HS2: Materials Shortage is Immaterial, says Government


The construction materials shortage crisis won’t impact major rail projects like HS2 and East-West Rail, the government has said.

HS2 minister Andrew Stephenson, responding to a written parliamentary question, said the Department for Transport (DfT), HS2 Ltd, Network Rail and East-West Rail regularly review the availability of construction materials. They currently predict the shortages will have no impact on cost and schedule ranges for the three rail organisations.

The government recently published statistics revealing the full financial impact of the construction materials shortage in supply chains. Construction materials imports have fallen by £294 million in the first quarter of 2021, down 6% from the previous quarter.

COVID and Brexit-related restrictions, coupled with a post-lockdown surge in construction output, have been widely blamed for the shortages.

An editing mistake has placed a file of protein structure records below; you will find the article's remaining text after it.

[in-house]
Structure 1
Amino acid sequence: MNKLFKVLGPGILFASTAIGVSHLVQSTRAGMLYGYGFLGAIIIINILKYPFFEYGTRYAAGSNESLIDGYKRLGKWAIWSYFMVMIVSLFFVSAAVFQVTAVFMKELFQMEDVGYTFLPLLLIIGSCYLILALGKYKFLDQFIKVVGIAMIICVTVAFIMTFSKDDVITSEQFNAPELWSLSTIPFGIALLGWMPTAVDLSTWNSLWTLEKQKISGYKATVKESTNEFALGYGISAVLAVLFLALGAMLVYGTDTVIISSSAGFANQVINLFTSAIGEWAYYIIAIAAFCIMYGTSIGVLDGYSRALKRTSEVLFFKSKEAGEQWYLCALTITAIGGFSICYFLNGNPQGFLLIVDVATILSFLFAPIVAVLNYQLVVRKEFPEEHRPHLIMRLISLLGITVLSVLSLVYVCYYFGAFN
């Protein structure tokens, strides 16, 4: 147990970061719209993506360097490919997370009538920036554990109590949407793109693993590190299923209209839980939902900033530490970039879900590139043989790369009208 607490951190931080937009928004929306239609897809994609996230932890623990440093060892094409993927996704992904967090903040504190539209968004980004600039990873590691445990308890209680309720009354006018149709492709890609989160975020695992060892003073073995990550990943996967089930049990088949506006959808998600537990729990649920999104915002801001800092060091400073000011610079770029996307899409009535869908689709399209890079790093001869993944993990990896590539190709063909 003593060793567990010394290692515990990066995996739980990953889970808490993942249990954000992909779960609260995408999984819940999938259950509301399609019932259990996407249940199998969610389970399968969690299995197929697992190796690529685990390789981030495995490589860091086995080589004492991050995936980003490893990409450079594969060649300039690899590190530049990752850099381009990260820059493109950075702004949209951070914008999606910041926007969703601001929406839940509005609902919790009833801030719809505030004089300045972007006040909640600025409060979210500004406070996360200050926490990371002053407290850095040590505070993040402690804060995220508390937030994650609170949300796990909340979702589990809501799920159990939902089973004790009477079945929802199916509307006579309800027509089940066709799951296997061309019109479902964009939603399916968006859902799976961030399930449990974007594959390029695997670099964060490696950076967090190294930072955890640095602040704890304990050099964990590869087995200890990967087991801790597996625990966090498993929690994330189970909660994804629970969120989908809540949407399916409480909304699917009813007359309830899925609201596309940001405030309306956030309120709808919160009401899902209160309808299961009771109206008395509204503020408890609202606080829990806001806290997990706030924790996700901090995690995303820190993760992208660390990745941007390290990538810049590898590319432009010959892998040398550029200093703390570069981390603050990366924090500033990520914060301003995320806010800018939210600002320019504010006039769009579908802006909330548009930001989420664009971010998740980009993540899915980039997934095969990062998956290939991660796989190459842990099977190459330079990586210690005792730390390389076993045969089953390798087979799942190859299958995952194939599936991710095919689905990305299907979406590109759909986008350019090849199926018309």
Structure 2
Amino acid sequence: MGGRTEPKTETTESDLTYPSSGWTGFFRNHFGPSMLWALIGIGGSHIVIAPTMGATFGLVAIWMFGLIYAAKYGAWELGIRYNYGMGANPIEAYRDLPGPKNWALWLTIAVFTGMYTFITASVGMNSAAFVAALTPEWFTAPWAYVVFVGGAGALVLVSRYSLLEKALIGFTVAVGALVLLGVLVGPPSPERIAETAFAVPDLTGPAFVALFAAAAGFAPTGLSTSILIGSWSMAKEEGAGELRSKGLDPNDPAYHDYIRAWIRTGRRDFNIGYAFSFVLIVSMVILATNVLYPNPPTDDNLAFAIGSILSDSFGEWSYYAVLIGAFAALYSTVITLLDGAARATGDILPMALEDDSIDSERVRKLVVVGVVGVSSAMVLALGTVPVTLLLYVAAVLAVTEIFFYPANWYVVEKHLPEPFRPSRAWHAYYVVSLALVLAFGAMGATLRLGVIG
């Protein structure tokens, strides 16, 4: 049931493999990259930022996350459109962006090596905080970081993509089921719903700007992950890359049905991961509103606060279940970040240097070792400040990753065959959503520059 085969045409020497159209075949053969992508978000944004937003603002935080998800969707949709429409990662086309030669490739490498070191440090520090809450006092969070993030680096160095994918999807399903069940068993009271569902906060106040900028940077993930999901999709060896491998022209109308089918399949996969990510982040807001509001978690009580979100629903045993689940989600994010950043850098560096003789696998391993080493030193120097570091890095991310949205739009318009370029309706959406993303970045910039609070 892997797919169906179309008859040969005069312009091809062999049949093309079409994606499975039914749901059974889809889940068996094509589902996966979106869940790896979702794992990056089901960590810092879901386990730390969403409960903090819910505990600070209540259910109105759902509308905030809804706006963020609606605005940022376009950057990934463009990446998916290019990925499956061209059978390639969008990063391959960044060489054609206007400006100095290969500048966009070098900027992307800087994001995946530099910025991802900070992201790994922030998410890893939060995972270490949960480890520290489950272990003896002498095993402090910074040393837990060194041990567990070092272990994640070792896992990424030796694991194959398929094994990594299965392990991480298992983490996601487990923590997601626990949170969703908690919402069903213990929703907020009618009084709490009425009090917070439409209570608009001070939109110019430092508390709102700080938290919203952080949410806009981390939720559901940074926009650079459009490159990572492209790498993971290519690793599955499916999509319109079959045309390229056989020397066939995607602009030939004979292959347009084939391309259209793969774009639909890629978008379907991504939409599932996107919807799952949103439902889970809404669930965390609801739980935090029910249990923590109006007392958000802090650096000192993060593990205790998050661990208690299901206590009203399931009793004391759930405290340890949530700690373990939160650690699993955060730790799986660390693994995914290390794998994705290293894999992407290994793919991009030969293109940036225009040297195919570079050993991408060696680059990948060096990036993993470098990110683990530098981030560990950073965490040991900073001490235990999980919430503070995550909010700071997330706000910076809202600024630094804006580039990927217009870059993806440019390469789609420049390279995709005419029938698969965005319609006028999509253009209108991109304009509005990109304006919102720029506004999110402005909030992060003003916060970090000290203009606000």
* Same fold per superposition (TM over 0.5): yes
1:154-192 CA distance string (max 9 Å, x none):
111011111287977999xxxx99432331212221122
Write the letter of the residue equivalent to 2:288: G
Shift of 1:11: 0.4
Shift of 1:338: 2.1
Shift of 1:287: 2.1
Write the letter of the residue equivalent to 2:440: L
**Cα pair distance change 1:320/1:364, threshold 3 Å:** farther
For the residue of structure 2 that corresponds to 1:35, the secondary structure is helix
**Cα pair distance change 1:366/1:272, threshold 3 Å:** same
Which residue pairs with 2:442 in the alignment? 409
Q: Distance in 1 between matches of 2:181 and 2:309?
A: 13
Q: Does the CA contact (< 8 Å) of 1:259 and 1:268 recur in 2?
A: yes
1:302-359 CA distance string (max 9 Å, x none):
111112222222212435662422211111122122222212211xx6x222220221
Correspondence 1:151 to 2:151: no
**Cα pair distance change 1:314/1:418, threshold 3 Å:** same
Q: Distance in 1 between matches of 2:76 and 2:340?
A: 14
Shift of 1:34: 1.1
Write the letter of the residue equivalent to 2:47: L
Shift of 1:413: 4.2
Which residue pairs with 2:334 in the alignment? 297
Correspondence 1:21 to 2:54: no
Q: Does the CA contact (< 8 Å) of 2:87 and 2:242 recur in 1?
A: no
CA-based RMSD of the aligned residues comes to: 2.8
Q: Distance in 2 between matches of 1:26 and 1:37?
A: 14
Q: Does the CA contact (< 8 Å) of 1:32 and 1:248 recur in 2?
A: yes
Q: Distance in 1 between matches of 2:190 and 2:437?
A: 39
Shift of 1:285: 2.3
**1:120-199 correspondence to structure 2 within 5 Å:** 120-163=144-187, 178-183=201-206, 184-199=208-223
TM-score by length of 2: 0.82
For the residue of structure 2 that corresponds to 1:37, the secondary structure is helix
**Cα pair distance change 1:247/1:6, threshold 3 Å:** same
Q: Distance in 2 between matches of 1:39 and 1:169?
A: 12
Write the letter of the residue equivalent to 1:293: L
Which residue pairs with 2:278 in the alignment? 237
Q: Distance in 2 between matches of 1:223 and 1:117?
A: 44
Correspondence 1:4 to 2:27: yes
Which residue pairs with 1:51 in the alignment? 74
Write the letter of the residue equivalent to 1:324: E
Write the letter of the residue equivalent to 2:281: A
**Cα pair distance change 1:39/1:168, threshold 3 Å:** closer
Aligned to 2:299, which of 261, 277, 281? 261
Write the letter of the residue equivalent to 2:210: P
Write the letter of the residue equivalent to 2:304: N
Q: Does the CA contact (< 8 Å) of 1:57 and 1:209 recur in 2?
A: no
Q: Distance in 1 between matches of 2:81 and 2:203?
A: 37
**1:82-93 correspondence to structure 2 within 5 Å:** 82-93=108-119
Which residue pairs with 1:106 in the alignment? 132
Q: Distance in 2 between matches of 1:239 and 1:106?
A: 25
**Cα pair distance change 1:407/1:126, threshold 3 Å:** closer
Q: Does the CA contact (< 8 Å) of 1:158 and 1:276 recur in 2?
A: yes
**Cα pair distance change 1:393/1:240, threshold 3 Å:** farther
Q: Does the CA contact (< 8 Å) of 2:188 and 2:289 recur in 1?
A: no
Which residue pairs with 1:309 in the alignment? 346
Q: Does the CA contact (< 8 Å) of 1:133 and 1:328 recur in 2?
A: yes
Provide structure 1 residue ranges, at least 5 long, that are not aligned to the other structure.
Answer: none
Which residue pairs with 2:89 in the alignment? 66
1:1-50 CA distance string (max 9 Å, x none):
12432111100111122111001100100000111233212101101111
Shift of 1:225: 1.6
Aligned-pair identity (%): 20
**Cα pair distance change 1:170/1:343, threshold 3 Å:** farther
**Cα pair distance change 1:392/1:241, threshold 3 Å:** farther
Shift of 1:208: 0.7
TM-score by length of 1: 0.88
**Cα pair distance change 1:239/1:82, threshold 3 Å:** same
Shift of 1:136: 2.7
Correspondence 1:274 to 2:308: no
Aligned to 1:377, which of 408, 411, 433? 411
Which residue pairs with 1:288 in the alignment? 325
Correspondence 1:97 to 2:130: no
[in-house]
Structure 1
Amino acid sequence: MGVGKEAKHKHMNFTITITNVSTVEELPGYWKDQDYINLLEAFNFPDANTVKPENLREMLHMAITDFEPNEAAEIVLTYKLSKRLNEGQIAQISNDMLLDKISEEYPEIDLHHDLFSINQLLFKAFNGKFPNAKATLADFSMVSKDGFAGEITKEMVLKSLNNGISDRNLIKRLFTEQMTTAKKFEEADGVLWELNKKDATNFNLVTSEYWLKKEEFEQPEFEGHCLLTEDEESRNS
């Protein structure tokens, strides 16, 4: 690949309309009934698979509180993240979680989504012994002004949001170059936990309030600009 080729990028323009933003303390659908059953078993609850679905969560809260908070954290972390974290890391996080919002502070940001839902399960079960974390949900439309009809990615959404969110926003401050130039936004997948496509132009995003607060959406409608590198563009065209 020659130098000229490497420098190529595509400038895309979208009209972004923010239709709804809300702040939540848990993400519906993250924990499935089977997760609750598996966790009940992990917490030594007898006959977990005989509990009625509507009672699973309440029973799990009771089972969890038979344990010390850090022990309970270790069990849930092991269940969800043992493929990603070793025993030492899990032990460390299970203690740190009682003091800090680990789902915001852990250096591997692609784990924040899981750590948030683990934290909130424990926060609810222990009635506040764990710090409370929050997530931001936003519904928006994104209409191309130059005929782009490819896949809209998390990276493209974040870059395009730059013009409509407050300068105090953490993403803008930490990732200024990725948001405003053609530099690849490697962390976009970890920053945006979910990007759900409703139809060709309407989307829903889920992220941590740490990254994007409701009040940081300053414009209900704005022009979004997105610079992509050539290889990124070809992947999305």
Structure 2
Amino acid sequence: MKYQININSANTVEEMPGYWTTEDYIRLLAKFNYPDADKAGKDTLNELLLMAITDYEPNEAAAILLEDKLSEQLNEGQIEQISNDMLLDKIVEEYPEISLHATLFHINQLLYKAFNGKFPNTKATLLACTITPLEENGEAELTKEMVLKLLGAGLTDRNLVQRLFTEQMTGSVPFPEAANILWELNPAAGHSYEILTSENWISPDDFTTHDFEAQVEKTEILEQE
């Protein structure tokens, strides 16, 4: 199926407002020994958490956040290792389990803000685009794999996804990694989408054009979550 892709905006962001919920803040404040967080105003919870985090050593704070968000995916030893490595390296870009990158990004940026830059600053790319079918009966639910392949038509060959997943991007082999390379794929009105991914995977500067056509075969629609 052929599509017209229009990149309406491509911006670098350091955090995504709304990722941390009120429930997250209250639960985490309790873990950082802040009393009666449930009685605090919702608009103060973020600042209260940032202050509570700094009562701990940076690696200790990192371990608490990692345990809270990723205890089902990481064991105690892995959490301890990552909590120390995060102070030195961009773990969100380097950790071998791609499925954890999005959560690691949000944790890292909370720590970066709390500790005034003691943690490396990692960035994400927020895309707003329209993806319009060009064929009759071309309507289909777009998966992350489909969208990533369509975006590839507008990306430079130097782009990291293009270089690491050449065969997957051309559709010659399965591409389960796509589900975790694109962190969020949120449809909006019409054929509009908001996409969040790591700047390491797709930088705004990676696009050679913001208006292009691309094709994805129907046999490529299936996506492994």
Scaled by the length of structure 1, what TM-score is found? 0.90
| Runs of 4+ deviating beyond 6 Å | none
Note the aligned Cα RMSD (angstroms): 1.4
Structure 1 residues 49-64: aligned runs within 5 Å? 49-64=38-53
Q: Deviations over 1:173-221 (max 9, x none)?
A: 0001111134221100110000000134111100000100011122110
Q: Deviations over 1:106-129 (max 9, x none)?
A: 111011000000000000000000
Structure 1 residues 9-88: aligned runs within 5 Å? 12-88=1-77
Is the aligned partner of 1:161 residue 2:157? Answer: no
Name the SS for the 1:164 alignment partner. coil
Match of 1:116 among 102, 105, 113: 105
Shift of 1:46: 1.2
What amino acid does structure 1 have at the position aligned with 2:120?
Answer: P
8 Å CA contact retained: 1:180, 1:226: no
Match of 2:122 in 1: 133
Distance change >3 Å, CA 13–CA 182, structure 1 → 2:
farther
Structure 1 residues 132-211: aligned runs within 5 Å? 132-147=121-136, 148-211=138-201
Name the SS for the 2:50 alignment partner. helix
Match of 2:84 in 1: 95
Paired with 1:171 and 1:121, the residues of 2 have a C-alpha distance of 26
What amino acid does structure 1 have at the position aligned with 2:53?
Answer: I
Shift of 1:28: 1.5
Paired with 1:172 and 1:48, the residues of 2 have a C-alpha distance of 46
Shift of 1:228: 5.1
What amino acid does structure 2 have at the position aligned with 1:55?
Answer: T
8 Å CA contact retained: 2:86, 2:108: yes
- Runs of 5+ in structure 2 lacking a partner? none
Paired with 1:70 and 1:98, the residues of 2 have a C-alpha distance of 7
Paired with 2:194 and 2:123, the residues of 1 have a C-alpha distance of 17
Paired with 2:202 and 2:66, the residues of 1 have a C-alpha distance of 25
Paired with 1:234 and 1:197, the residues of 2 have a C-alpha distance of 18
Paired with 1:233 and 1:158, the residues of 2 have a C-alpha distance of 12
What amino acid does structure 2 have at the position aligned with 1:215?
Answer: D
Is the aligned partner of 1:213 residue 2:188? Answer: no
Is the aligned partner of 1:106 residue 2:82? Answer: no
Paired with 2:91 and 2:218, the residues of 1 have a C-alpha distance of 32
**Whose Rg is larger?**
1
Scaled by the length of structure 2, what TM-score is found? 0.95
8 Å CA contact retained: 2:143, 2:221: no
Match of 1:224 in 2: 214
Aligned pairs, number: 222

According to the report, prices for all construction-related materials have also hit an all-time high, up by 8.4% since last year and by 2.6% just in the last month.

Brian Berry, CEO of the Federation of Master Builders (FMB), said it was vital to ensure products were available across all parts of the industry, particularly small to medium-sized enterprises (SMEs), which have been hit hardest by the shortage. He said FMB data showed 93% of builders were predicting further price hikes on materials.

According to Berry, the shortages are having a “disproportionate impact” on the smallest firms. With neither the money nor the space to order materials in bulk and stockpile them the way larger firms do, they depend on being able to buy materials from small independent suppliers, often daily.

Travis Perkins, the biggest builders' merchant in the UK, has warned of further "considerable" price hikes for raw materials as shortages continue, including prices for bagged cement going up by 15%, chipboard 10% and paint 5%.

But Dan Grimshaw, founder of Beam Development, predicts a silver lining to the crisis. He says it could precipitate a "long-overdue" transformation for the construction industry by forcing companies to adopt “a more vigorous project management process”, which could lead them to reappraise geographic connections and vulnerabilities.